A lot of information is available about low-back pain, a topic I’ve covered here. But less attention is paid to neck pain, despite the fact that as many of two-thirds of adults experience it.
Neck, or cervical, pain, can stem from a variety of causes, including serious concerns such as trauma to the vertebrae, ruptured discs, or infection. These are conditions that must be evaluated by a doctor, and I would recommend avoiding activities like yoga while in treatment.
But yoga can be incredibly helpful in addressing the less complicated causes of chronic or occasional neck pain, brought on by things like tension, poor posture, minor neck strain, occupational and sports injuries. The structural changes that lead to the pain are usually soft-tissue (muscle, ligament, tendon, disc, cartilage) abnormalities due to injury, or prolonged wear and tear on the vertebrae. And for many people, neck pain results from tightness in the upper back, shoulder, and arms. When the neck pain has been around long enough, it is reclassified as chronic, and the same underlying mechanisms of injury, with secondary scar tissue, and degenerative changes on soft-tissue structure, as well as the added changes to bones, contribute to the persistent nature of the pain.
The first line treatment for neck pain usually involves ice or heat, anti-inflammatory medications like ibuprofen, and rest. If the pain lingers, the non-surgical treatment (and don’t we all want to avoid surgery) can then include physical therapy. What are so interesting about this added treatment are the reported goals of physical therapy: strengthening and stretching weakened or strained muscles, postural therapy, and cervical traction—which also happen to be the benefits of a balanced, beginning-level yoga practice!
Time and time again, my students who complain of neck pain at the start of class report improvement in their symptoms by the end of class.
How Yoga Helps
Let’s start with postural alignment. When we do Mountain Pose, as we do in almost every class, we do it with great attention to detail regarding our posture. We use language like “place the shoulders over the hips and float the head evenly over the shoulders” to re-align the standing position if we tend to sag, list, or jut out of good alignment. For some of us, this will immediately require that we strengthen some muscle groups and stretch others to maintain this neutral, beneficial way of standing. And then we take this new awareness into poses like High Lunge, Plank, and Downward Dog by asking ourselves to find and keep the neutral position of the neck and head relative to the rest of the body.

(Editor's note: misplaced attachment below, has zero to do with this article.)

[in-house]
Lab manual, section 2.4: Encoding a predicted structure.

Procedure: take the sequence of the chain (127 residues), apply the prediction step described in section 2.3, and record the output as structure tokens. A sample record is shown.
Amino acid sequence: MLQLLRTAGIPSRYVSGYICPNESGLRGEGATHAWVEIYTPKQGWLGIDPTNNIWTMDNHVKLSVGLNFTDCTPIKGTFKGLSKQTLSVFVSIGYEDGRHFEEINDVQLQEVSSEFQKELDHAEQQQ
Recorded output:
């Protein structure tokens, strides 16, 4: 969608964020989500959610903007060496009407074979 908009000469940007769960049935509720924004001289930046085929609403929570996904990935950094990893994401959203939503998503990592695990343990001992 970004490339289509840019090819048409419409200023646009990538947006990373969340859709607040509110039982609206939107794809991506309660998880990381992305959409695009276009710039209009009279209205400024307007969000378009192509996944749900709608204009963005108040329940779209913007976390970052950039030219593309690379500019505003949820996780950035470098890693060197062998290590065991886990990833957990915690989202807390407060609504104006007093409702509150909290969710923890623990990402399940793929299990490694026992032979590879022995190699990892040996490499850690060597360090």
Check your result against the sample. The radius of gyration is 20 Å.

Many poses will help to strengthen the muscles that flex and extend, sidebend, and rotate the neck. And while one side of the neck is experiencing strengthening of a muscle group, the opposite side is usually doing a bit of the opposite, which is to say, stretching. Examples of this include Cobra and Locust poses, which strengthen the back of the neck while stretching the front, Boat Pose for the front of the neck while extending the back, Triangle when performed looking forward, so that one side of the neck is strenthened while the other stretches, and Side Angle Pose done looking up, to strengthen and stretch the muscles that rotate the neck.
That leaves the idea of traction for last. One of the simplest and probably safest ways to create a gentle traction for the soft tissues of the neck is to hang the head and release into the pull of gravity. This is nicely accomplished via Standing Forward Bend and Downward-Facing Dog. In Uttanasana, I usually suggest that students with tight hamstrings bend the knees a bit to help release the head and neck more directly toward the floor. With Down Dog, it is wonderful to have a partner place a strap around the upper thighs standing behind you, lean back and take on some of the work of the legs and arms for you, so you can more fully release the neck, not push it, toward the floor.
And be cautious during active times of neck pain with poses that obviously put extra pressure on the neck, like Bridge, Shoulderstand, Headstand, and Fish. With the exception of the first one, the others are more advanced poses and are best left to times the neck is pain-free.
And don’t wait too long to have your family doc check you over thoroughly if your neck pain is not improving in a reasonable amount of time. In the meantime, a mindful yoga sequence could be a nice supplement to your healing regimen for neck pain.